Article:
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Review: ‘Bitter Harvest,’ the untold story of Holodomor, the Ukrainian holocaust

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Thanks to this film, the forced starvation of millions of Ukrainians by Stalin's Soviet regime may enter the mainstream consciousness.

 

There are many who consider the 1900s to be Satan’s century, and it’s hard to blame them, really. Beginning with the slaughter of 1.5 million Armenian Christians by the Young Turks, the 1900s would go on to become an era of unparalleled mass murder. Lenin’s Red Terror, Hitler’s Holocaust, Mao’s Great Leap Forward, Pol Pot’s Killing Fields, the Tutsi genocide in Rwanda; all of these ‘movements’ contributed to a death toll that would eventually reach into the tens of millions.

With such a cornucopia of horrors to choose from, it’s a sad truth that some such events would end up being lesser known than others. Such is the case with the Holodomor, the intentional starving of millions of Ukrainians by Stalin’s Soviet regime which occurred between 1932 and 1933. Not only has the Holodomor been overshadowed by many of the 20th century’s other atrocities but, as of today, only a few of the world’s governing bodies, the Vatican among them, are even willing to acknowledge that the genocide actually happened. Bitter Harvest, the new film from director George Mendeluk, hopes to do its part to help spread recognition of the Holodomor into the mainstream consciousness.

Bitter Harvest details the travails of Yuri (Max Irons), an aspiring artist living in a small Ukranian farming village, and Natalka (Samantha Barks), the young woman with whom Yuri has been enraptured with since childhood. Though he faces stiff competition from the other local boys, Yuri eventually wins Natalka’s heart and the two set about planning the rest of their lives together. Those plans are cut short, however, when not long after Yuri and Natalka are wed, Stalin’s forces arrive to carry out the dictator’s orders to slowly starve the Ukrainians into non-existence.

Yuri is forced to travel to the capital to work and study. Though he tries to stay out of the conflict, the oppression and executions he witnesses there eventually drive the young man to side with the Anti-Soviet forces. Natalka, who has remained behind to do what she can to help the village survive, soon faces inevitable starvation. Faced with the choice of submitting to prostitution or surrendering the village’s beloved gold-encrusted icon (which symbolically serves as a symbol of the farmers’ unwavering faith in the face of the communist threat), she instead chooses to become a key figure in the region’s underground rebellion. The two lovers are eventually reunited in a desperate attempt to escape the country’s heavily guarded borders, or die trying.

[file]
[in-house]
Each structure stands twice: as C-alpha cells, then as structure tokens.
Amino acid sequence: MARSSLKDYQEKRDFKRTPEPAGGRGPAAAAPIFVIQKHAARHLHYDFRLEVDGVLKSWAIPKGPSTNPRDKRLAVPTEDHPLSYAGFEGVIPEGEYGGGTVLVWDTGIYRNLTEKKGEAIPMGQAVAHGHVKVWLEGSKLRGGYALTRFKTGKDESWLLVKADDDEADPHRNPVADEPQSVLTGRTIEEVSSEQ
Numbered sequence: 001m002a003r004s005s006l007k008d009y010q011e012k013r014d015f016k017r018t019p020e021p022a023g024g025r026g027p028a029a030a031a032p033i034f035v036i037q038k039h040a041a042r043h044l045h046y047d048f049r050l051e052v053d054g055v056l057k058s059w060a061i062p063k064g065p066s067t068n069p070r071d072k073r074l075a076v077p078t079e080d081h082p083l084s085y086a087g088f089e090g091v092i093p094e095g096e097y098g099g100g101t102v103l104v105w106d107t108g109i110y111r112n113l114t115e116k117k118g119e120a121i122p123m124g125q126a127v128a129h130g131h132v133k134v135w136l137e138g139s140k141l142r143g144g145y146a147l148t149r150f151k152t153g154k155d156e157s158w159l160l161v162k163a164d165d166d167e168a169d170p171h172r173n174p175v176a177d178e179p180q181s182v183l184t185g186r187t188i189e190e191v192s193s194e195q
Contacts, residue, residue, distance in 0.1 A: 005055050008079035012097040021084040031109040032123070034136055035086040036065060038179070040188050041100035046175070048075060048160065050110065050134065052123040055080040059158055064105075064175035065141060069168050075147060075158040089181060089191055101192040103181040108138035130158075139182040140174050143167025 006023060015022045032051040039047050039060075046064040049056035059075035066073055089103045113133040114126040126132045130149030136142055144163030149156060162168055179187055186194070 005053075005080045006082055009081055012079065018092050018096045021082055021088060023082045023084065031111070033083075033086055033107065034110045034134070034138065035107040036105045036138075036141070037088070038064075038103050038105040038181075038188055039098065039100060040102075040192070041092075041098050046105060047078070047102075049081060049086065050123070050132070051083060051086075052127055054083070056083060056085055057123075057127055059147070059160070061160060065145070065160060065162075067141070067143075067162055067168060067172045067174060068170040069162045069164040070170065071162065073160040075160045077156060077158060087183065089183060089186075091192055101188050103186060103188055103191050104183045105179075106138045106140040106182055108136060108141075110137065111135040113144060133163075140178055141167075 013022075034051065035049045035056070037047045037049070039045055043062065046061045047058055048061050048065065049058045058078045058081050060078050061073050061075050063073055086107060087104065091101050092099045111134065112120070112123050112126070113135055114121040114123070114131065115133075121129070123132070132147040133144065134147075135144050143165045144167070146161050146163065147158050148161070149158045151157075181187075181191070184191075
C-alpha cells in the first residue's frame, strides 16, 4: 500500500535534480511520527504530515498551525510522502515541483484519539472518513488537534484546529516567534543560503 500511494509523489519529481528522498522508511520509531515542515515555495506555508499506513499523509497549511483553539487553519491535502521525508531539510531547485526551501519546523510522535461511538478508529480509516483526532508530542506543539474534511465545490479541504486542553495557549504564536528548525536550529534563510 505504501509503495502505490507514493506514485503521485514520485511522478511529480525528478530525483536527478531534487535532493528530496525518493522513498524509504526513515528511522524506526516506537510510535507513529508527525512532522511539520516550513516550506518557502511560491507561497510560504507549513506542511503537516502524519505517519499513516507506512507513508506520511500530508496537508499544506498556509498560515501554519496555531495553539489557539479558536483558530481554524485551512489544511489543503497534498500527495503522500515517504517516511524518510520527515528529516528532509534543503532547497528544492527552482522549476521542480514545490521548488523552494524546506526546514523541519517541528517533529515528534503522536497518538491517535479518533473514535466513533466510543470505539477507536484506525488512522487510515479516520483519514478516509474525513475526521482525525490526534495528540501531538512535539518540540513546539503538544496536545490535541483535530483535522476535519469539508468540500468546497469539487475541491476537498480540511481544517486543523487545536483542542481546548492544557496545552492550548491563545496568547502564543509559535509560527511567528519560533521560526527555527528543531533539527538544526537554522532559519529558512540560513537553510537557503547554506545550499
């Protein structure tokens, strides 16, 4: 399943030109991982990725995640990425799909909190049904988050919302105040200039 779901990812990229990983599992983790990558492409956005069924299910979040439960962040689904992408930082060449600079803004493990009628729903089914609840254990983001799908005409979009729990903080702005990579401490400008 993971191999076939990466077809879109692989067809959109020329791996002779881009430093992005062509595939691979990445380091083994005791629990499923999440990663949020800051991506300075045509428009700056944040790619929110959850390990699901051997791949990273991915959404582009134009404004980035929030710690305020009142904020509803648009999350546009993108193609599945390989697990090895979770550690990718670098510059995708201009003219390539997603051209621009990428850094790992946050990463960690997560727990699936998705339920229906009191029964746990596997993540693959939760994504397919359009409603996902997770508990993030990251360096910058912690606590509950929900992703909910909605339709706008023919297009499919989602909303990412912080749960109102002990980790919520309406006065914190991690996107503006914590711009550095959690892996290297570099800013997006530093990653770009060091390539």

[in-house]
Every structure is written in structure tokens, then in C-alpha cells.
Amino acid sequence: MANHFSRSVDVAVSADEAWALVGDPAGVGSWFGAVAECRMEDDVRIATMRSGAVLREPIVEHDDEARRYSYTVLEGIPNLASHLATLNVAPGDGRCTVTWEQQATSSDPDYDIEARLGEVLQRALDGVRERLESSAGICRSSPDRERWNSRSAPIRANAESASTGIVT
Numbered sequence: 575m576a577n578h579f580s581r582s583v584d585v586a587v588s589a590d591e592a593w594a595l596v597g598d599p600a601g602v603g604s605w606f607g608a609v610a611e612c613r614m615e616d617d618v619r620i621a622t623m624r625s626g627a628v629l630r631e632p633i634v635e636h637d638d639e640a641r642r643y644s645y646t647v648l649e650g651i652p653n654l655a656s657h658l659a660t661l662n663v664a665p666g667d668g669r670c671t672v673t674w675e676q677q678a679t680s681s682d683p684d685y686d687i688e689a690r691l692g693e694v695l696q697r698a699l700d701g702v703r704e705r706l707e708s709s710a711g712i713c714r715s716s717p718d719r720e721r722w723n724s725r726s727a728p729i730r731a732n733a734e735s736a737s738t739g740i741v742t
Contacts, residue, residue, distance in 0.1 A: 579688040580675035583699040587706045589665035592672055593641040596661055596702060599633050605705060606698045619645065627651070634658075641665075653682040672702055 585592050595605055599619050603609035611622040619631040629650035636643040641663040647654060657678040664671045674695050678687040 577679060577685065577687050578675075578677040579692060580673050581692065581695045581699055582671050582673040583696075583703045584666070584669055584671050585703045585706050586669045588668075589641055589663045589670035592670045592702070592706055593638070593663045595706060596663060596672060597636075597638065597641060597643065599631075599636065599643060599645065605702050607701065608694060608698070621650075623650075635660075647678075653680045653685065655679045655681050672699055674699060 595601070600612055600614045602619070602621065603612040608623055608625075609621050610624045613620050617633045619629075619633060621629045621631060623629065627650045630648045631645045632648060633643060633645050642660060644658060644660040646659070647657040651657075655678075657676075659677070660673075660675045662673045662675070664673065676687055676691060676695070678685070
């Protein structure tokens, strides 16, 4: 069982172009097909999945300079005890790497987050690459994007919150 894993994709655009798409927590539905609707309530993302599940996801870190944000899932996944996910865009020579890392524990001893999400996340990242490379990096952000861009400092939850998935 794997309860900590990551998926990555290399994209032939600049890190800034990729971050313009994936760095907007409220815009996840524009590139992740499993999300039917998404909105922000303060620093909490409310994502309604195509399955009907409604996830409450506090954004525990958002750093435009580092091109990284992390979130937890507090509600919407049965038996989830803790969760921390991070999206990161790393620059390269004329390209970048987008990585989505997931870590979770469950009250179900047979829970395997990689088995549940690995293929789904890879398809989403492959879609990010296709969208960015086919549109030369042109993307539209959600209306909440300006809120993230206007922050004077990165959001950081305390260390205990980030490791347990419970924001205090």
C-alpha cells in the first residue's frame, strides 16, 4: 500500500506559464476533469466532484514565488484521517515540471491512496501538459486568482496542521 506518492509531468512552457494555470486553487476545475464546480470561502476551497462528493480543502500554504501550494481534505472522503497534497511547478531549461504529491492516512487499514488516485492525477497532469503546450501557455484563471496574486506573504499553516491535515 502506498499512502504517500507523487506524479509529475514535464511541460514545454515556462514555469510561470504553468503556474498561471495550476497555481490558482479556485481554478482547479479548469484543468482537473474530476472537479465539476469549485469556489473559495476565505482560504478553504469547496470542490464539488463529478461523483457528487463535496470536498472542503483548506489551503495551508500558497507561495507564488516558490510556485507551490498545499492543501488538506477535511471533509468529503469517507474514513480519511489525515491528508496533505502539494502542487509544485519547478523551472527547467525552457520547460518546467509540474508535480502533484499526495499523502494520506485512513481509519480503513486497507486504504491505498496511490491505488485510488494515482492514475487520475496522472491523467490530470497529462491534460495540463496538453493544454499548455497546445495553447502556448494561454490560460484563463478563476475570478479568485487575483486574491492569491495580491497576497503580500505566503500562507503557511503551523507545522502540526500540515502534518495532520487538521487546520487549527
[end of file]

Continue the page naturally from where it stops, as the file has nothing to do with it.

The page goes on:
That the Church condemns the atrocities that occurred in Ukraine during the Holodomor goes without saying. Father Athanasius McVay’s book, The Holy See and the Holodomor: Documents from the Vatican Secret Archives on the Great Famine of 1932-1933 in Soviet Ukraine, details the efforts of Pope Pius XI to provide some type of relief to the victims during the enforced famine. Sadly, interference from the Soviet regime limited such aid to a single gift of 10,000 lire secreted to victims through German channels. Today, Pope Francis continues to speak out on the Holodomor, hoping to spread awareness of what happened to as many that will listen. Bitter Harvest hopes to do the same.

While its heart is in the right place, as a moviegoing experience, Bitter Harvest is something of a mixed bag. Like Doctor Zhivago, on which its structure is somewhat modeled, the film attempts to portray a monumental national struggle through the personal lens of a single lifelong love affair. Unfortunately, Bitter Harvest doesn’t have half the resources David Lean’s film did, so it can’t quite reach the heights it is aiming for.

The intimate opening scenes in which Yuri recalls his childhood with Natalka are nicely realized by Mendeluk and his cinematographer, one-time Kubrik crewman Douglas Milsome. Appropriate to the young man’s artistic aspirations, these scenes are filmed as if they all take place in an idealized painting. Once the story broadens, however, the movie’s budget betrays it and the whole exercise takes on a made-for-TV feel rather than one of a grand cinematic experience.

Still, as the first major attempt to bring the horrors of the Holodomor to the big screen, Bitter Harvest is an admirable effort, and its cinematic shortcomings may not be as noticeable once it reaches the home video market. If nothing else, perhaps it will inspire other filmmakers to seek out and provide stories within the same setting. Maybe if we get enough of them, the Holomodor will finally take its rightful place among the rest of the 20th century’s atrocities we must always remember lest we be doomed to repeat them.

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